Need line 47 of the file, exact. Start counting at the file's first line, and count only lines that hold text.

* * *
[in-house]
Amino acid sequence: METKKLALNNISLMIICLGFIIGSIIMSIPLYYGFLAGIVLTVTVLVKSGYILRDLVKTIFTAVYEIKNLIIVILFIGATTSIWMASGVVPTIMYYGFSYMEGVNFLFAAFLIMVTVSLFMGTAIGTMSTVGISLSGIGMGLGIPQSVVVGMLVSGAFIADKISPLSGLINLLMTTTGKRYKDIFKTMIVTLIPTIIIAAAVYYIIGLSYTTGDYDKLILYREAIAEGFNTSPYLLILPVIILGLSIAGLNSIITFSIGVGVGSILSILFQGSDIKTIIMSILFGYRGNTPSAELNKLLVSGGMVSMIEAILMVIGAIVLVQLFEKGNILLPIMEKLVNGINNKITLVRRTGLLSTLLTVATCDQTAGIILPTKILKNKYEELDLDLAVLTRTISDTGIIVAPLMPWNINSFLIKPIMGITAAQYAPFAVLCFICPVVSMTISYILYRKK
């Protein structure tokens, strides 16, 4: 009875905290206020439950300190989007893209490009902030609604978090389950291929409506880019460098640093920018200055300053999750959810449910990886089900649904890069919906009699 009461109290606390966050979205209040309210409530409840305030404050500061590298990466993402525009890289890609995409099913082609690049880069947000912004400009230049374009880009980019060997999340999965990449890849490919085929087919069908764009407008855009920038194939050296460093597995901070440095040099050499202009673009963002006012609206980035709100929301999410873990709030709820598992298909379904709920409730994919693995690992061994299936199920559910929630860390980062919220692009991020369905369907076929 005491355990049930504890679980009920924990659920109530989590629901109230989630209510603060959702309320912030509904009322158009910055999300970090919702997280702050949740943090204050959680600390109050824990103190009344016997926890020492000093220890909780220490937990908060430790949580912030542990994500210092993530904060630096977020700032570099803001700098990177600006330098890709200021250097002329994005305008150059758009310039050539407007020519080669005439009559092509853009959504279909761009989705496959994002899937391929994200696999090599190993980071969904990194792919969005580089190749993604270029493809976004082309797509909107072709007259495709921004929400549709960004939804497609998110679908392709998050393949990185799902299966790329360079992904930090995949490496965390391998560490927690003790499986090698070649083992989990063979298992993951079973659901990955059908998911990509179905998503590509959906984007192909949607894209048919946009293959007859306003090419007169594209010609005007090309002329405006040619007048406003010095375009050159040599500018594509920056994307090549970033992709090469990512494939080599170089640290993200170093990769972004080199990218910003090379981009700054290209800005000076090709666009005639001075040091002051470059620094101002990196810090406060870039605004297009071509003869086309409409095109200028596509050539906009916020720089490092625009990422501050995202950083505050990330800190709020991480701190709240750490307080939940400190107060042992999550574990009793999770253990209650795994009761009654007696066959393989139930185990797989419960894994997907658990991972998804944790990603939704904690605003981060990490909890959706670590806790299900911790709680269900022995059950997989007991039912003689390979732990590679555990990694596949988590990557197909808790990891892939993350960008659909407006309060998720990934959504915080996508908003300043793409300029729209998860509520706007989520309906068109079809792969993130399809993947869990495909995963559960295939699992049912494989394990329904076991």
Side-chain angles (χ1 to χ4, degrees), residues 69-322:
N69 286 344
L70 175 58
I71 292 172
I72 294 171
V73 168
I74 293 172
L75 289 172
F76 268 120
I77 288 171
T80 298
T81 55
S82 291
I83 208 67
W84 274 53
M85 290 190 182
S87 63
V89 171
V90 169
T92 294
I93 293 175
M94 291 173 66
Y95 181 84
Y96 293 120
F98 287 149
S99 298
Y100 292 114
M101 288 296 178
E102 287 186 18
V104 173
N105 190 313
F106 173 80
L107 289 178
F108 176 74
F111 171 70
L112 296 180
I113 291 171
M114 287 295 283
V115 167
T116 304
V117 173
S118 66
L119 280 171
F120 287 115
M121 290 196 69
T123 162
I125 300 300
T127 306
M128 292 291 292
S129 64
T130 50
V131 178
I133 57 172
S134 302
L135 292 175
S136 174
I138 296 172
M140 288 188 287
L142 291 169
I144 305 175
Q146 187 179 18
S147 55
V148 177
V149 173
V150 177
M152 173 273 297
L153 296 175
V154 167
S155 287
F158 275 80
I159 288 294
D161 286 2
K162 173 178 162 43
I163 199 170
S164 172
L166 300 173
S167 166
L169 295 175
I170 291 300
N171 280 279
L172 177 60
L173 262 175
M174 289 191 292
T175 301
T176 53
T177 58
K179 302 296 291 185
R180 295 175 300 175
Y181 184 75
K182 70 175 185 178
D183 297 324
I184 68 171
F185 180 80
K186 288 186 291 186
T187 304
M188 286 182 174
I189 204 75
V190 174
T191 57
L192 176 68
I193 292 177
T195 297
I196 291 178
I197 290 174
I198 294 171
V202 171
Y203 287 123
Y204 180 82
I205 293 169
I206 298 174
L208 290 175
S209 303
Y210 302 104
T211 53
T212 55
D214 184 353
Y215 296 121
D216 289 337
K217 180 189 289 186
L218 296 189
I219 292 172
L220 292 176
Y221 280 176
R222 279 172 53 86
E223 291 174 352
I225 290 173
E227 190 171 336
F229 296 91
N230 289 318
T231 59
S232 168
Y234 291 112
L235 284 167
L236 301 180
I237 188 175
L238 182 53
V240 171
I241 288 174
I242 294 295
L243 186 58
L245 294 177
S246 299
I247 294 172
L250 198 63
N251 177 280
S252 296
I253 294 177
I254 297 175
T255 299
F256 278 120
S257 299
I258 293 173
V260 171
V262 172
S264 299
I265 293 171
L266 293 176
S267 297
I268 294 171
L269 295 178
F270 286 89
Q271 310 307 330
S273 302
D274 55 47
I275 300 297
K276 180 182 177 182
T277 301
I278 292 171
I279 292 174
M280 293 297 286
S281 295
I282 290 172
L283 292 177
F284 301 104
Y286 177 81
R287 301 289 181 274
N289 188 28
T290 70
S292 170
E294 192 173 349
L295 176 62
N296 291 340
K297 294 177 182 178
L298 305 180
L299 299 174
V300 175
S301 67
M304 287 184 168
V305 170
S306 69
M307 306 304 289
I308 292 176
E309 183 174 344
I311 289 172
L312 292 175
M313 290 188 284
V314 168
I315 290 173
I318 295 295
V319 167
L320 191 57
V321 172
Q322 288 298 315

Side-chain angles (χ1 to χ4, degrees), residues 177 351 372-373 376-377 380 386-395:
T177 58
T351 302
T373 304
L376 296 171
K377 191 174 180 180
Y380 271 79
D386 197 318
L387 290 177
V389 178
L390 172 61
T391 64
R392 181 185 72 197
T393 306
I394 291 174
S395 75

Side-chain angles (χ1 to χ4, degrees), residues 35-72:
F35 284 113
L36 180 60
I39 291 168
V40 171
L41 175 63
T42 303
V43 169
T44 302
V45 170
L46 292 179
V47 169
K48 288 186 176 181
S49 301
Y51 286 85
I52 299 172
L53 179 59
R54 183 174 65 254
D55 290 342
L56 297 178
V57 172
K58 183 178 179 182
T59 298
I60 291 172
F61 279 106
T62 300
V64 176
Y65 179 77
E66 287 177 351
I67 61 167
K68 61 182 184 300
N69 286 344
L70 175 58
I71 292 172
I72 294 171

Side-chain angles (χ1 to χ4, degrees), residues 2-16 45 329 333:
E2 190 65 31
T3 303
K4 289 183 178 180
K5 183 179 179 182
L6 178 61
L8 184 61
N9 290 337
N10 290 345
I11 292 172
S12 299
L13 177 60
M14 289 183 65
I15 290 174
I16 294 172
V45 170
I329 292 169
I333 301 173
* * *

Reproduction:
F120 287 115